Each ADD block 84 corresponds to one state in a decoding trellis. As described previously, each trellis processor processes eight trellis states in the illustrated embodiment; therefore, there are eight ADD blocks 84. In other embodiments, a different number of states may be processed by each trellis processor. Each ADD block 84 adds the edge metrics for edges coming into the corresponding state to corresponding paths metrics for paths that pass over the edges. The gamma swap unit 82 and the alpha swap unit 86 are used to controllably distribute the appropriate edge metrics and path metrics to the ADD blocks 84. Each ADD block 84 has a corresponding CMAX block 88 that receives the updated path metrics for the corresponding trellis state and selects the best metric (alpha 0_ou through alpha 7_ou) for that state for continued processing in the trellis. This best metric is then output from the trellis processor (to, for example, a normalization unit). The output metrics for each trellis state may be output to a corresponding LLR calculation block for use in calculating reliabilities for backward passage through the trellis during BCJR decoding.

FIG. 4 is a block diagram illustrating example circuitry 90 within an LLR2Lp block in a trellis processor (e.g., LLRLp block 72 in FIG. 3A) in accordance with an embodiment of the present invention. As shown, the circuitry 90 may include: an inverter 92; a unary minus 94; and first and second AND gates 96, 98. The circuitry 90 computes an approximation of the probability that a bit with given reliability (lambda_in) is equal to 1 (Lp1 represents the approximation of the logarithm of such reliability) and an approximation of the probability that the given bit is equal to 0 (Lp0).

FIG. 5 is a block diagram illustrating example circuitry 110 within a gamma calculator in a trellis processor (e.g., gamma calculator 80 of FIG. 3A) in accordance with an embodiment of the present invention. As shown, the circuitry 110 may include a plurality of adders 112 and a plurality of multiplexers 114. The circuitry 110 computes all possible values of the edge metric (part of a path metric for the Viterbi decoding or part of the alpha or beta metric for BCJR decoding which corresponds only to the current trellis section). Edge metric values for the given edge of the trellis are computed based on the values of input reliabilities and the values of message and parity bits which correspond to the given trellis edge. All combinations of bits are presented on the edges in one trellis section. Depending on the trellis structure, some (or all) combinations are repeated on more then one edge. The edge metrics are computed in the decoder in circuitry 110 and are then re-ordered in the gamma-swap so that each trellis processor receives necessary edge metrics.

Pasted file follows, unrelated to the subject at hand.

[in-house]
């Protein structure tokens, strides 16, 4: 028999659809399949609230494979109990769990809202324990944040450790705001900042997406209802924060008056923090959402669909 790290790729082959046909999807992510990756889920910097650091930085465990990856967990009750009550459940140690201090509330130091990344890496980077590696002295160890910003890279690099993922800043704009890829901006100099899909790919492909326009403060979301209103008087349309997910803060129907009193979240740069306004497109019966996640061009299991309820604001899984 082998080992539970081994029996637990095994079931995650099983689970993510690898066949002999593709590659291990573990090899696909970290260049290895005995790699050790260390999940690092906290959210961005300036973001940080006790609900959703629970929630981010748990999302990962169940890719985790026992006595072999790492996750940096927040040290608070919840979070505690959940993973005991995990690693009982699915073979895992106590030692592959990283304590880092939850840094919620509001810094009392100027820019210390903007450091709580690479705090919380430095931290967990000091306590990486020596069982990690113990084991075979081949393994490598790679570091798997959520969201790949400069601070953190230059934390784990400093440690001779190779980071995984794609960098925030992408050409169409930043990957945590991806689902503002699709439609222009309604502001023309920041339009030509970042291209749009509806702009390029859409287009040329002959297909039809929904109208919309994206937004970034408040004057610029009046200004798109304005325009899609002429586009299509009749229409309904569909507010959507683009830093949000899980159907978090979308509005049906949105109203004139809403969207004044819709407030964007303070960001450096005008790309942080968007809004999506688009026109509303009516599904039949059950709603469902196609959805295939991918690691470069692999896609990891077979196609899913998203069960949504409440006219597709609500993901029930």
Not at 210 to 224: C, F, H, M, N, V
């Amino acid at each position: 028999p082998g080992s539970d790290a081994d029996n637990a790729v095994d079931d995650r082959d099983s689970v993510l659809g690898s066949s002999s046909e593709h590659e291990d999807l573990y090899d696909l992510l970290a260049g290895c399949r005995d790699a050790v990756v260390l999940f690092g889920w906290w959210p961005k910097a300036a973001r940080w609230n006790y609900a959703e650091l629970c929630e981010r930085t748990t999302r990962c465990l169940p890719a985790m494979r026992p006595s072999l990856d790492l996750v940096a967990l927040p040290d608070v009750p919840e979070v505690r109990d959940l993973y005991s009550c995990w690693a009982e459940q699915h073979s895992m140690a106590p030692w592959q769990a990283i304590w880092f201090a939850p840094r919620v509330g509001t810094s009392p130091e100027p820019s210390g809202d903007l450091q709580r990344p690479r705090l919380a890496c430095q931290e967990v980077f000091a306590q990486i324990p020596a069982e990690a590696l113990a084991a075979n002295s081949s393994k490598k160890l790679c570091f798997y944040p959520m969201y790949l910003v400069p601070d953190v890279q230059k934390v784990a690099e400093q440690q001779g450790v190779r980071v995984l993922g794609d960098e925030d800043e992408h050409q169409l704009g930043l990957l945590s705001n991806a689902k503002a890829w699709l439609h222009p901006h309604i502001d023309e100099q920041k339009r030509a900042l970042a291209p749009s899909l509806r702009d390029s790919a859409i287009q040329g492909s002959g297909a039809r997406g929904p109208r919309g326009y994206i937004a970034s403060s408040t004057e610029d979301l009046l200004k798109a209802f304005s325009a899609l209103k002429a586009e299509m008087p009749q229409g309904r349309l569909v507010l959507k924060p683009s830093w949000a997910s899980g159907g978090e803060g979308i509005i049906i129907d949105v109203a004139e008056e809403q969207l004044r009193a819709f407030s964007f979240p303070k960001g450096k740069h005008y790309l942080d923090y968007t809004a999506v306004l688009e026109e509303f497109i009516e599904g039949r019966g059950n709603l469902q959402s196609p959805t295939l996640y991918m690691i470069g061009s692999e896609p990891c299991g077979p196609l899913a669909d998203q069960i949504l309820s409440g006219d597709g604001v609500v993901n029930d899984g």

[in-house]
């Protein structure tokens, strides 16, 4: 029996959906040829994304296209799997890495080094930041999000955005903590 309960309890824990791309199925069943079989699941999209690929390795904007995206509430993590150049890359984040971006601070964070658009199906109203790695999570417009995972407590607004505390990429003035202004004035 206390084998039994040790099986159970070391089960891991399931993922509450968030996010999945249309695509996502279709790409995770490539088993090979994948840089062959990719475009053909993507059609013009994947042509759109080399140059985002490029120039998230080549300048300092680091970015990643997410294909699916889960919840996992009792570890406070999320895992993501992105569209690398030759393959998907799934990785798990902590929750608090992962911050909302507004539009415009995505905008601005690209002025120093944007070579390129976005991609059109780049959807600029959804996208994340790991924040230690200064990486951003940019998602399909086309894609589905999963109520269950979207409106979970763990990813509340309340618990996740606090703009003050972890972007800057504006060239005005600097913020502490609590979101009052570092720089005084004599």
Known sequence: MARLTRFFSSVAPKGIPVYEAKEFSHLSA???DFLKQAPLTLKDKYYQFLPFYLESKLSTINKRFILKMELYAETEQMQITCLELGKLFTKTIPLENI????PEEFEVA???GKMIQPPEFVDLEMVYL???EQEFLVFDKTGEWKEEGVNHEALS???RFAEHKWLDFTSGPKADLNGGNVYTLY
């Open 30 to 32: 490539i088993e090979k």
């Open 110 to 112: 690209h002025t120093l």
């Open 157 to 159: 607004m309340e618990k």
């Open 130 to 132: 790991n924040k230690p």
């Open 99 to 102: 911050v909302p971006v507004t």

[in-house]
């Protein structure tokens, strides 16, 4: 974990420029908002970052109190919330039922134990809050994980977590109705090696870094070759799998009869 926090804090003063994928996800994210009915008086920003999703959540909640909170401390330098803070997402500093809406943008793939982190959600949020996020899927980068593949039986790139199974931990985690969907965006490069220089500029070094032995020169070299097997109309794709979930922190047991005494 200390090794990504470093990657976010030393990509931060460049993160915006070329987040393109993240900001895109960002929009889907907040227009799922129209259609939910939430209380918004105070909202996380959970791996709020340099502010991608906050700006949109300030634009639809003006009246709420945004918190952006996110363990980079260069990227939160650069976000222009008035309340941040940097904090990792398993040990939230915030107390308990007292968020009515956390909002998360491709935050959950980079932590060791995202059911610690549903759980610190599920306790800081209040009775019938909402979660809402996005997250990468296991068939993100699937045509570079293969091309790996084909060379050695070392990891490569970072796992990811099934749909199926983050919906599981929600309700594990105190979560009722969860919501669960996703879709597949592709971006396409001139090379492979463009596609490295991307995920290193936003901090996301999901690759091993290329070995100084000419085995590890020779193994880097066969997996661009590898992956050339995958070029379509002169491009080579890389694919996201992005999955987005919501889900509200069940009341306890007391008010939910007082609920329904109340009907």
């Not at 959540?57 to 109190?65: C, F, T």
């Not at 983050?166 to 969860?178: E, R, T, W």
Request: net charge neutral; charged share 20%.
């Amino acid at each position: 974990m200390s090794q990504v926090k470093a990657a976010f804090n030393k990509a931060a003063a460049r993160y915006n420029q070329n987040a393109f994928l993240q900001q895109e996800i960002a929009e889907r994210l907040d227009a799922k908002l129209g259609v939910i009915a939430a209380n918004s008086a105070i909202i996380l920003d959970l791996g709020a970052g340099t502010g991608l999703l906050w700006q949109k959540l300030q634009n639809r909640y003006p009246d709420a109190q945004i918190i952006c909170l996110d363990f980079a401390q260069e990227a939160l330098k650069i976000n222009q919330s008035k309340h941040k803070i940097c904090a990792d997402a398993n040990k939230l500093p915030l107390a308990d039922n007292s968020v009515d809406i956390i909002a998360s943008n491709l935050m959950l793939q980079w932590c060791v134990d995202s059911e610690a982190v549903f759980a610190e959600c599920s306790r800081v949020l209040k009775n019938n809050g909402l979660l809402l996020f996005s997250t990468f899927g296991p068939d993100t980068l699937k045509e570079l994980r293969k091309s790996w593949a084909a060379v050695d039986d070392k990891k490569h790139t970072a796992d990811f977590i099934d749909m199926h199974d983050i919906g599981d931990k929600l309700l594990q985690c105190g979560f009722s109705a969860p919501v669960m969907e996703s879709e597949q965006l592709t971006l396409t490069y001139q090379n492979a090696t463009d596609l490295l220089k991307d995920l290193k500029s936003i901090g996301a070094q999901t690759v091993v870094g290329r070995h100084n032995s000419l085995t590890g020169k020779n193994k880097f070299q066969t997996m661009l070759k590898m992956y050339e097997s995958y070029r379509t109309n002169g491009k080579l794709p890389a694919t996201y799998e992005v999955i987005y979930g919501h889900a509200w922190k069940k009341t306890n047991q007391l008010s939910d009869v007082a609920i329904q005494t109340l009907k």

FIG. 6 is a block diagram illustrating example circuitry 130 within a metric normalization unit (e.g., normalization block 46 of FIG. 1) in accordance with an embodiment of the present invention. As shown, the circuitry 130 may include, for example, a minimum unit 132, a plurality of multiplexers 134, and a plurality of adders 136. The normalization process may operate as follows. For LDPC codes, for example, for each pair of input metric values (received via SM_IN), a minimum value is found and subtracted from each input metric value. For Turbo and convolutional codes (depending on the trellis width), for each group of 8, 64, or 256 metrics, minimum values (one value for 256 case) are found and subtracted from each metric value in each group. Therefore, the minimum unit 132 computes all possible values of minimums, the multiplexers 134 are used to select required minimum values depending on the current operation mode, and the adders 136 are used to subtract minimum values from input metric values in order to obtain normalized metric values.